And will the policy of moderating comments only apply to articles about or mentioning TPP or to comments on any article where the comment mentions TPP or implies TPP products regardless of the subject of the article?
Mary, please read statement aboveJon Hoeksma 101 weeks ago
If you'll read the statement above a little more carefully you'll see that you've slightly mis-read it - "two written threats of legal action" is not the same as complaints about two comments.
And as you well know we regularly contact commenters to give them a steer on why comments can't be posted or might need to be re-thought. Such conversations are our preferred approach but is not currently possible in this case.
We are pre-moderating only on articles about TPP, but will be keep an eye on other comment threads.
But I would very strongly urge you Mary to re-read our community rules, http://www.ehi.co.uk/comments/commentingrules.cfm.
Follow them and you won't go far wrong.
Thank you EHISarahTPP 101 weeks ago
Thankyou for re-enabling the comments. This is something TPP and our users have wanted for a while. We welcome debate from EHI journalists and their readers - and value both positive and negative feedback.
As a company we must protect ourselves from inaccurate information being posted on what is a professional and well-respected industry site. We are therefore grateful EHI has reminded readers about the community rules.
Thanks again - TPP
Sarah, TPPMary Hawking 101 weeks ago
Thanks for this, Sarah
Will TPP be responding to comments in future?
Most commentators on EHI would like a response to any concerns they raise - and public responses to legitimate concerns - and explainations of why*ilegitimate* concerns are not legitimate (often because of misapprehensions) would raise the public profile of the company rather than threaten it.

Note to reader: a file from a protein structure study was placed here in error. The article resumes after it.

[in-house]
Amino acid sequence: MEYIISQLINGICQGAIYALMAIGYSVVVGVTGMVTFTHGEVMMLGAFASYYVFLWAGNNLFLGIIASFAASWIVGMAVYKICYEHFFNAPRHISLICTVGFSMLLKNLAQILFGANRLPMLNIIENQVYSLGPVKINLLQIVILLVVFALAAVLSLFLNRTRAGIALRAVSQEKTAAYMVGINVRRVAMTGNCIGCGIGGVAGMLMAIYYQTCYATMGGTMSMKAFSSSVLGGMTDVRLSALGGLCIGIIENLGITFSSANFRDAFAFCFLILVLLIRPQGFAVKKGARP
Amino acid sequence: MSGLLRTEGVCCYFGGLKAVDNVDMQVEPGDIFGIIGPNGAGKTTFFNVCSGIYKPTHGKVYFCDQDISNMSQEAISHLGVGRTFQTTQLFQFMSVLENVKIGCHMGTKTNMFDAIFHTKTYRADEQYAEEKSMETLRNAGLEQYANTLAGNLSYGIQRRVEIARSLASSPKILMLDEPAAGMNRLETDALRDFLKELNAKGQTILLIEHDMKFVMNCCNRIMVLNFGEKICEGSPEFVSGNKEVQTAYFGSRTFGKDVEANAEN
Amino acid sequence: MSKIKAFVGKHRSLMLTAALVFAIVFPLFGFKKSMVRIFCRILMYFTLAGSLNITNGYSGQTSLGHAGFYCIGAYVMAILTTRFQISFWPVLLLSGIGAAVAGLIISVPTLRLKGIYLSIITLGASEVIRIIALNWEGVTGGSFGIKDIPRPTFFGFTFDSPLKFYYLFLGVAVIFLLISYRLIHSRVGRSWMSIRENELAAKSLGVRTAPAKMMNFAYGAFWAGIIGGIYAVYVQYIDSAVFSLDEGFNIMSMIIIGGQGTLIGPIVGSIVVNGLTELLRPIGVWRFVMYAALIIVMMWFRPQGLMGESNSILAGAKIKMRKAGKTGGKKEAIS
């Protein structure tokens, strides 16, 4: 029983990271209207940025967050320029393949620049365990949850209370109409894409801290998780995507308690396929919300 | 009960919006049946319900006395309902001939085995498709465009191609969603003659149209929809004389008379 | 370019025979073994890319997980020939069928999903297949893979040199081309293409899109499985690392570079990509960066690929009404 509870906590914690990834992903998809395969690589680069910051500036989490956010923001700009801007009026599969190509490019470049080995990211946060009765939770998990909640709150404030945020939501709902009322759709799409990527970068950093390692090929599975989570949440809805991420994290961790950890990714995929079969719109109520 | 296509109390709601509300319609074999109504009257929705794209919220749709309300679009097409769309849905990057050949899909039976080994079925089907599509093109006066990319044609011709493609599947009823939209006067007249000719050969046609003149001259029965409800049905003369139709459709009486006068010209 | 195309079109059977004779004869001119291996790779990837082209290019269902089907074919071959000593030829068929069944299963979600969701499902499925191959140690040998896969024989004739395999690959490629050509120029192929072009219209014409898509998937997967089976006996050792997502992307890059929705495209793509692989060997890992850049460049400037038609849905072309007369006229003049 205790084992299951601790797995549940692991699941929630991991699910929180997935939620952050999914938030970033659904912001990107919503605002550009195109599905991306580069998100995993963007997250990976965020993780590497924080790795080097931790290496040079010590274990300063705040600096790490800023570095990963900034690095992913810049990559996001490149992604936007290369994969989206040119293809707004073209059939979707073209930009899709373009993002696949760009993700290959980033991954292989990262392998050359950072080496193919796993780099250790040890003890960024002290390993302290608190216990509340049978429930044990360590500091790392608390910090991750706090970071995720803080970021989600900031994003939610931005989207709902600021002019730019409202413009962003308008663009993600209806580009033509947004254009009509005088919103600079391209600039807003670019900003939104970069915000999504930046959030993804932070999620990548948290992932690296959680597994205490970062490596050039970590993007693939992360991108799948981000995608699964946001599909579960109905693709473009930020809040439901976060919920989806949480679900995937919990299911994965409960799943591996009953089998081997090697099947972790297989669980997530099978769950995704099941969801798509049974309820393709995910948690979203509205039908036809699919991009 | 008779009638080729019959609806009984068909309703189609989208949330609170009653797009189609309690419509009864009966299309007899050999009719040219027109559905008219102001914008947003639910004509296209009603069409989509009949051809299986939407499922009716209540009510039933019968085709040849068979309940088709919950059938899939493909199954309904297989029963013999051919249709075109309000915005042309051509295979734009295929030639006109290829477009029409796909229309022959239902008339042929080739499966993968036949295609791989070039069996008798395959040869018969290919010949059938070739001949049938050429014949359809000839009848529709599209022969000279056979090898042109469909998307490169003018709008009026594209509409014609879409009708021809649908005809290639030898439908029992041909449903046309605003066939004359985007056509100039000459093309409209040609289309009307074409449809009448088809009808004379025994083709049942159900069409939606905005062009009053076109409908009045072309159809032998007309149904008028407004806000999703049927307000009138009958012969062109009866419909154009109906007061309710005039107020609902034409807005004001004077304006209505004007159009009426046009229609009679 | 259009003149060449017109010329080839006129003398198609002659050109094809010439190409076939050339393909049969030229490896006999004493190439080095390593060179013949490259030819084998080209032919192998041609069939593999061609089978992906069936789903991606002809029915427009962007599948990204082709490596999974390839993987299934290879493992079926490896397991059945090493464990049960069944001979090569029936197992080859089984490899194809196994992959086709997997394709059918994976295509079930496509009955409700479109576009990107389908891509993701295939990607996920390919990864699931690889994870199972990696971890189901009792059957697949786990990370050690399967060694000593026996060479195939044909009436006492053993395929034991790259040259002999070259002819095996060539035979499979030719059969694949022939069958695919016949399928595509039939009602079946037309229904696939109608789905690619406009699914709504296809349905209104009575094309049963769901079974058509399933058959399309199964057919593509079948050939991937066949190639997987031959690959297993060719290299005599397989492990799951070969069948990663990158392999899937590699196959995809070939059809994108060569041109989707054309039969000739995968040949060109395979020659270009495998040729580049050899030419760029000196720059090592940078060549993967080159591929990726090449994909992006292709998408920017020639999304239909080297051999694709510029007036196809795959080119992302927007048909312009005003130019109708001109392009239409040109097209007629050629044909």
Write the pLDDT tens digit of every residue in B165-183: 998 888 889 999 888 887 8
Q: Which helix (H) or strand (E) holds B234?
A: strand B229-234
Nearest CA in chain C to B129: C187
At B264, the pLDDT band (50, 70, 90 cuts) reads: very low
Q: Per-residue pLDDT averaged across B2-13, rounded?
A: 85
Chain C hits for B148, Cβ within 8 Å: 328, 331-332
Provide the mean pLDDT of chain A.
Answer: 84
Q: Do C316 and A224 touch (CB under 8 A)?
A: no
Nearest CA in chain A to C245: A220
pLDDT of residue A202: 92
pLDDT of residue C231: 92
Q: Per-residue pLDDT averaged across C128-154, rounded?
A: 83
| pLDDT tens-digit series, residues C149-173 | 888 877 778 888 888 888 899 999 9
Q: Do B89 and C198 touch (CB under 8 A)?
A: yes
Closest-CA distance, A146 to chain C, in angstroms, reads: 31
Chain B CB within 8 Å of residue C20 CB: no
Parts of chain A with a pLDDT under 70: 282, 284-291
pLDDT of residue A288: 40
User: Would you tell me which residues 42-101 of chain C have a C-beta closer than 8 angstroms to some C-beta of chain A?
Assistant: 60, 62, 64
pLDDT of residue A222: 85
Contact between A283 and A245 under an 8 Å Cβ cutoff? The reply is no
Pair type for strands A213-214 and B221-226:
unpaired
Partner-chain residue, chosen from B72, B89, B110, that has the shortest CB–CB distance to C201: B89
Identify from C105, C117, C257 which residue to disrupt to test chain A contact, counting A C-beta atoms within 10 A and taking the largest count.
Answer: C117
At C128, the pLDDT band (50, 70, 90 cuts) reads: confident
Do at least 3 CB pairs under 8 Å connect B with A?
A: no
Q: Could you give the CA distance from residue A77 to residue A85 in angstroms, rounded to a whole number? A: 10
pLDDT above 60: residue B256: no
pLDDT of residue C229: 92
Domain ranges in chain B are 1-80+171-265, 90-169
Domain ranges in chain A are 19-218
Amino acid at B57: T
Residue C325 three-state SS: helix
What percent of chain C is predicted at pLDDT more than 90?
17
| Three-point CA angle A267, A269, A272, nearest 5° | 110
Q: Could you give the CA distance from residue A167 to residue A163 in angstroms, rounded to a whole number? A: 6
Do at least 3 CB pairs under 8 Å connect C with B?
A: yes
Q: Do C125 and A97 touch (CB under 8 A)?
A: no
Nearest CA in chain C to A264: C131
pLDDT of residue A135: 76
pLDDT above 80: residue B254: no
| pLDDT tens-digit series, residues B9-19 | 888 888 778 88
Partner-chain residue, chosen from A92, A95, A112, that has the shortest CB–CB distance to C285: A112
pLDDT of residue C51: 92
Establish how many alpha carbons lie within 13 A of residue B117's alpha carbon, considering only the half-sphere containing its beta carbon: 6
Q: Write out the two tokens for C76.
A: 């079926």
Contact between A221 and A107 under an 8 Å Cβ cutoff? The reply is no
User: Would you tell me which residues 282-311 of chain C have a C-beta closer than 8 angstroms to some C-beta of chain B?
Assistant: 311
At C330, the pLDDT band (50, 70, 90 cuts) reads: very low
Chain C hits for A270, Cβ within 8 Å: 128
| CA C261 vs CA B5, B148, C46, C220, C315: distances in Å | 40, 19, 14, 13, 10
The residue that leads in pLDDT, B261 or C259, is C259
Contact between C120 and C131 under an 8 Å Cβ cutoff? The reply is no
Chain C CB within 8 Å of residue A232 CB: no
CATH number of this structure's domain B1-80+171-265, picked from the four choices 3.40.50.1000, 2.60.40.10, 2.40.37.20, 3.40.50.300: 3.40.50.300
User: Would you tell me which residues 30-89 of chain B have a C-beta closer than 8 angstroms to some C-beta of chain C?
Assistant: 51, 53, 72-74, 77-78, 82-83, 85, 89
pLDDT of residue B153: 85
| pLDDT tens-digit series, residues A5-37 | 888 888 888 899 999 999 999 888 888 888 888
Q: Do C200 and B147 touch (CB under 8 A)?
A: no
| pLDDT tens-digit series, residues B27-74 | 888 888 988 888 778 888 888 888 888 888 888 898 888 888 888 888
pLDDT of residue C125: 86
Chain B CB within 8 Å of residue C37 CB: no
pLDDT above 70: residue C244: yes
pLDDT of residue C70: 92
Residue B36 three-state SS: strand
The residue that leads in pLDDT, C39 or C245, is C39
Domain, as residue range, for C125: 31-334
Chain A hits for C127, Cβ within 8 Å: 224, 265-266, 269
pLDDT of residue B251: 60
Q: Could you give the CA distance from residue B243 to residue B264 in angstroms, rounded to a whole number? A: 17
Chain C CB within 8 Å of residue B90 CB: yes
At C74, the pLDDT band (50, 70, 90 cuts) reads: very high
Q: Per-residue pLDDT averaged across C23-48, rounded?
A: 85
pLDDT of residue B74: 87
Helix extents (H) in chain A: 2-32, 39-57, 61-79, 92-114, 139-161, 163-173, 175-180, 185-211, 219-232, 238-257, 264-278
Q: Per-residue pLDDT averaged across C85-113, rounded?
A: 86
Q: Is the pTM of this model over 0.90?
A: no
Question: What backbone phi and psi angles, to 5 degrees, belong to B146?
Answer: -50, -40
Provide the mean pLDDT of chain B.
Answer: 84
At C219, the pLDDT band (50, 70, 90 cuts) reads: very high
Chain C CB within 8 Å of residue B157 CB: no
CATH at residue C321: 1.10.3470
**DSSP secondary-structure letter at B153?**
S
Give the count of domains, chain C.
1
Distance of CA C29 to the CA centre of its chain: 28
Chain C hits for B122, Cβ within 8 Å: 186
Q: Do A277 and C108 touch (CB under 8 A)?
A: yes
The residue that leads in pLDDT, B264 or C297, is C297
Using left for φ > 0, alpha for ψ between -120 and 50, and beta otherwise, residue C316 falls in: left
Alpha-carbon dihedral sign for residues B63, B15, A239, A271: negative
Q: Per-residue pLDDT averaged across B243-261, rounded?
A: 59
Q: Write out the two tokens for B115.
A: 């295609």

(Jon, if this comment is considered not publishable, could you forward it to Sarah? *If it is published, remove this remark!*TIA)
Nice to be appreciated SarahJon Hoeksma 101 weeks ago
Good to know EHI is so appreciated by TPP Sarah. Just to be clear though, editorially EHI reporters aim to report the news impartially and our readers provide the debate.
Exception being editorials or insight and opinion pieces.
Freedom of speech?Dave Kelsall 101 weeks ago
I'll be very careful in what I write here as I would hate to cause offence!
This reminds me of the super injunction fiasco where a small group of very rich people thought they had the right to restrict Freedom of Speech. It would have been interesting to see what effect Giggs, Marr and Co threatening to sue Twitter over the content of tweets on the topic would have had.
Perhaps your lawyers could produce a rider along the lines of "Comments against this thread have been restricted under legal advisement" whenever anyone tries this approach again.
Alternatively, we could always re-tweet this thread :-)
Agreed, freedom of speechCertaCitrus 101 weeks ago
I remember this site in the early days and if I remember rightly it was a bit of free for all. It certainly needed moderation then :)
It was also a frequent topic of conversation at work with NPfIT coming in and our jobs potentially on the line, so some topics would obviously get heated.
But it's different now.